It had been a good day. Jan. 1, 1856. John W________ again sat on his porch in the evening on his farm in the north Alabama hills, thinking back over the last few years. John was 30 now. His two older children, Bianca, five, and William, three, played on the porch. Virginia sat beside John holding their youngest, Isaac, one. And Virginia was pregnant again. It was nice to have sons, to have a big and growing family.
John's farm prospered, though the price of cotton fluctuated. The store he ran with his father Isaac also prospered, and in 1854 John had been named postmaster for the post office run from the store. He had inherited the position from his father, though in America people did not supposedly inherit government positions. But it made sense. The post office was in the store, and the daily operation of the store and the post office had been slowly passing from father to son. (1)
John thought back over the last few eventual years. America had continued to grow, faster than John could have imagined. In his region of Northern Alabama there was now a mineral mine and a railroad connection. Things were good. The economy was booming. Only two questions seemed to hang over the nation. First was the settlement of the West and the Indian question. Second was the ever-present question of slavery.
The most eventful thing for 1852 had been the unexpected election of General Winnfield Scott as president. Everyone had expected Democrat Franklin Pierce to win. But Scott, running for the Whig Party, had won instead. Everyone had expected the deeply divided Whigs to fall apart after election, but now everything had changed. (2)
The year 1853 was more eventful. Scott was inaugurated in March. The US government policy was to concentrate heavily on colonial actions in Minnesota, Oregon, and Washington. Minnesota was designated as American national territory in 1853. (3) Additionally, the US took an interest in Hawaii and annexed Hawaii after a series of colonial actions leading up to 1853. Hawaii became a US colony. (4) Likewise, Puget Sound, the westernmost region of Washington, was designated a non-national territory. (5)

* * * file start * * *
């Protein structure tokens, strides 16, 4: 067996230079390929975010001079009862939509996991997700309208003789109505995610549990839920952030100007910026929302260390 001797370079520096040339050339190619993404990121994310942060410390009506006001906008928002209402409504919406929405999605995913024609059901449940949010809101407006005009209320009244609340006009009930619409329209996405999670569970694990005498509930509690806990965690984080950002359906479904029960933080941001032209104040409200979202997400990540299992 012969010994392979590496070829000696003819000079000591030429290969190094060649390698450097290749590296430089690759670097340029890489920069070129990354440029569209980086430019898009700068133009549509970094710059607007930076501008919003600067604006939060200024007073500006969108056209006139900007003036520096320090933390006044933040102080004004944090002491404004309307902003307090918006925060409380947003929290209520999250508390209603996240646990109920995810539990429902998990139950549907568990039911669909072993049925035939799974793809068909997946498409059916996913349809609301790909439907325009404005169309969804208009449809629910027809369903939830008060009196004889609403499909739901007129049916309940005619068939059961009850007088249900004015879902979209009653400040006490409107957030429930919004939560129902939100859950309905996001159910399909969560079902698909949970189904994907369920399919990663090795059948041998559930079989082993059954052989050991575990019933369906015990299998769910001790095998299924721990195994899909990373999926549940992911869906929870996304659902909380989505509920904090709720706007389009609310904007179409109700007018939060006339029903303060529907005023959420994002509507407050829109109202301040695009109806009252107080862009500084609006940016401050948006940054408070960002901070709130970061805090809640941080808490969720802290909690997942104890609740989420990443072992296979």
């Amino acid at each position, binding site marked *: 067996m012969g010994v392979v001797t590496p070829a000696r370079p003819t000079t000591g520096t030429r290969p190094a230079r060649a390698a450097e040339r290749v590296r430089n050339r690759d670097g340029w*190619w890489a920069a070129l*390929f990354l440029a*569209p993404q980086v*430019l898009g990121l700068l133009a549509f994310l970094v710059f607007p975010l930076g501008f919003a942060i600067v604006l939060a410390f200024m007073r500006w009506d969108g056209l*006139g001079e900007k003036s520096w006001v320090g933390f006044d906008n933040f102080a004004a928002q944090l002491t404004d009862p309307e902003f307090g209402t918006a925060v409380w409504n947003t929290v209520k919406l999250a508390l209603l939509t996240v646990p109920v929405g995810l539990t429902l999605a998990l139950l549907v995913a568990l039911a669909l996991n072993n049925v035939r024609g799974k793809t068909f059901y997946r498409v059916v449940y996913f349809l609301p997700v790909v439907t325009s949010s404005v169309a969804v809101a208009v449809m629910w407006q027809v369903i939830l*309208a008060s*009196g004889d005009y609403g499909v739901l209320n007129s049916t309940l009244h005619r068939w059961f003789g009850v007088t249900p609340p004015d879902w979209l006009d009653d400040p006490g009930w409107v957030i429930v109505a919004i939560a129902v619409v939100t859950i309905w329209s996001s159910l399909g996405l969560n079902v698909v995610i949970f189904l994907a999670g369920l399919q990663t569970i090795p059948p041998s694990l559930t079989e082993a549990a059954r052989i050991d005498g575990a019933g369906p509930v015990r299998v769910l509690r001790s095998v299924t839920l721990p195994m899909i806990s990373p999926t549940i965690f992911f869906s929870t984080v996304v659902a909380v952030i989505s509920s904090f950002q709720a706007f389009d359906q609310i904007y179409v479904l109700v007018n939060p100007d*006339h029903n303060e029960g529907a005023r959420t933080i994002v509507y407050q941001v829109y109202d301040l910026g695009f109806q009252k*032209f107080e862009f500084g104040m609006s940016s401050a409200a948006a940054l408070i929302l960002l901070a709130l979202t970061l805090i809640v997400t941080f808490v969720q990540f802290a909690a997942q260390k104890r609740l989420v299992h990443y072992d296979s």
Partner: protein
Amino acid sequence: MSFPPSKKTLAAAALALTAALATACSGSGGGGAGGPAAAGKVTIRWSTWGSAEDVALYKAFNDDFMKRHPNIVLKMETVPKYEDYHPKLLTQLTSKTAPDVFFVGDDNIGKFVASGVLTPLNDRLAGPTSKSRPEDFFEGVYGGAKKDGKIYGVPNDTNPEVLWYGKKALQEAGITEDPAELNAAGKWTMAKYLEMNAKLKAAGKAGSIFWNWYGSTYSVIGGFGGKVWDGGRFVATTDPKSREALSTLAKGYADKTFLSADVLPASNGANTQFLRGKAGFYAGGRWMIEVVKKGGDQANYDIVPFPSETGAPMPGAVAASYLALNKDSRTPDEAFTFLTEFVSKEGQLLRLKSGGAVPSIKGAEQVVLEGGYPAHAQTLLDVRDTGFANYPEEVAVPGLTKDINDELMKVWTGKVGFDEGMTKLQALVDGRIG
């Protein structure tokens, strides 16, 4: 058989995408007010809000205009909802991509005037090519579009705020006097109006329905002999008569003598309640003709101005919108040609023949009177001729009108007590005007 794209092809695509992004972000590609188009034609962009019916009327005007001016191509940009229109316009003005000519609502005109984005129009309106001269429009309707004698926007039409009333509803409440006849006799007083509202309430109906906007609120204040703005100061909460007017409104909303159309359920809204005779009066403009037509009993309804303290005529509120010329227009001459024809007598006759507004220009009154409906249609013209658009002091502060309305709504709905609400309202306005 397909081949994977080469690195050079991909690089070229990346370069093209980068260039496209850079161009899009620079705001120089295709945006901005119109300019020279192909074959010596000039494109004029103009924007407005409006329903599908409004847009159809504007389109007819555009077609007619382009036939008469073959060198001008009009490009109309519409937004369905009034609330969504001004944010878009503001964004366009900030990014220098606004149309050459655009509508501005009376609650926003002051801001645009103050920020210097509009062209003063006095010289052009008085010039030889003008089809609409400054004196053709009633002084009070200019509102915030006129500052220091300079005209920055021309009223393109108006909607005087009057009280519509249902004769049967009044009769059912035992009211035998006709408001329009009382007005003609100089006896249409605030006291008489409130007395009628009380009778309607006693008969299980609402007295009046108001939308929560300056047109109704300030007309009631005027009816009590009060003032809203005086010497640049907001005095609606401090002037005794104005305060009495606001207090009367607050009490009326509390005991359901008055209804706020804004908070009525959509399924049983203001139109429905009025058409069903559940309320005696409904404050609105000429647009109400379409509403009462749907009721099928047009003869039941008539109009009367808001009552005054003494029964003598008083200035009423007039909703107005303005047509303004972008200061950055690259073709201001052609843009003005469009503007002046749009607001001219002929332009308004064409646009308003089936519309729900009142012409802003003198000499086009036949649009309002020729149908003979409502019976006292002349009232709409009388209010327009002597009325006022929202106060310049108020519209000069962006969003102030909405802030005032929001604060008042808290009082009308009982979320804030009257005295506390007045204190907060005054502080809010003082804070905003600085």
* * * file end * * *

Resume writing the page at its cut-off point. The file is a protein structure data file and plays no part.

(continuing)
And for the first time, despite a policy of peaceful assimilation, the US came into conflict with the Plains Indians of the West. It started when the Apaches burned a fort being built by the US in the Sierra Nevada region of California, which was under Apache military control. The US declared war on the Apaches, and the first and only battle was a decisive win for the US, when a brigade of cavalry and a mixed brigade annihilated a force of 1000 Apaches, leaving no survivors. This did not deter Apache Chief Geronimo from taking the war to the the US, as he raided into northern Missouri. Meanwhile their Nez Perce allies raided into Oregon. Several forces attempted to corner Geronimo and bring him to battle but failed. In the end the US sued for peace under terms of a white peace. Meanwhile a large body of neutral but friendly Sioux Indians had settled in northern Missouri after Geronimo excaped. They seemed peaceful, but certainly something would have to be done with them sooner or later. (6)
Meanwhile, President Scott aggressively sent Commodore Perry and his "black ships" to Japan. The result was the opening of Japan to trade with the US. (7)
John was interested in all this but wondered what business the US had with Hawaii and Japan.
In 1854 the Republican Party, opposed to the spread of slavery, was formed. Additionally, Congress passed the Kansas-Nebraska Act, as a compromise over the issue of slavery. Those two territories could decide by popular vote what to do about slavery. More and more people were taking strong sides on the slavery issue. More and more people in the South were talking about secession. John wondered how the nation would settle this issue. (8)